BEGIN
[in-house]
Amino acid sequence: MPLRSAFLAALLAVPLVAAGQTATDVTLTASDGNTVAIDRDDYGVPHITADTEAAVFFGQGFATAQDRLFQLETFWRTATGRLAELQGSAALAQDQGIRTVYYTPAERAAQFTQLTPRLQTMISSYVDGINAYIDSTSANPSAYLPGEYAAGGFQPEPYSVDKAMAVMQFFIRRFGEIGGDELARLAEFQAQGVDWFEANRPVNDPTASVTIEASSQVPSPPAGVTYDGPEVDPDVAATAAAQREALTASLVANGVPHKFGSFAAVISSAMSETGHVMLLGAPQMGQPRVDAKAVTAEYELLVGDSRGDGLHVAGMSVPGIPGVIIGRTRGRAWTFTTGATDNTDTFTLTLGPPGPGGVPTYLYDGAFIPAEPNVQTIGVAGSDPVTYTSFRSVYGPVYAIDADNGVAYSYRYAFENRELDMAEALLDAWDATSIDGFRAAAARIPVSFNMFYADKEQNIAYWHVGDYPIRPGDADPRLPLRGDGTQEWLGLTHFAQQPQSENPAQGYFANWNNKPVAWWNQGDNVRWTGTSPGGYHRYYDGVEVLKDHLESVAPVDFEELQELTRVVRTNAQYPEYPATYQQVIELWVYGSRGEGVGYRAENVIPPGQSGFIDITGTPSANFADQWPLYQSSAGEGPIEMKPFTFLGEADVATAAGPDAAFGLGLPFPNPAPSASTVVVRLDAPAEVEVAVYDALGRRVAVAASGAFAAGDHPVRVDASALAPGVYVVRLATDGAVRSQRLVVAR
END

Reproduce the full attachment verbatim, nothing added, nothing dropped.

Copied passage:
[in-house]
Amino acid sequence: MPLRSAFLAALLAVPLVAAGQTATDVTLTASDGNTVAIDRDDYGVPHITADTEAAVFFGQGFATAQDRLFQLETFWRTATGRLAELQGSAALAQDQGIRTVYYTPAERAAQFTQLTPRLQTMISSYVDGINAYIDSTSANPSAYLPGEYAAGGFQPEPYSVDKAMAVMQFFIRRFGEIGGDELARLAEFQAQGVDWFEANRPVNDPTASVTIEASSQVPSPPAGVTYDGPEVDPDVAATAAAQREALTASLVANGVPHKFGSFAAVISSAMSETGHVMLLGAPQMGQPRVDAKAVTAEYELLVGDSRGDGLHVAGMSVPGIPGVIIGRTRGRAWTFTTGATDNTDTFTLTLGPPGPGGVPTYLYDGAFIPAEPNVQTIGVAGSDPVTYTSFRSVYGPVYAIDADNGVAYSYRYAFENRELDMAEALLDAWDATSIDGFRAAAARIPVSFNMFYADKEQNIAYWHVGDYPIRPGDADPRLPLRGDGTQEWLGLTHFAQQPQSENPAQGYFANWNNKPVAWWNQGDNVRWTGTSPGGYHRYYDGVEVLKDHLESVAPVDFEELQELTRVVRTNAQYPEYPATYQQVIELWVYGSRGEGVGYRAENVIPPGQSGFIDITGTPSANFADQWPLYQSSAGEGPIEMKPFTFLGEADVATAAGPDAAFGLGLPFPNPAPSASTVVVRLDAPAEVEVAVYDALGRRVAVAASGAFAAGDHPVRVDASALAPGVYVVRLATDGAVRSQRLVVAR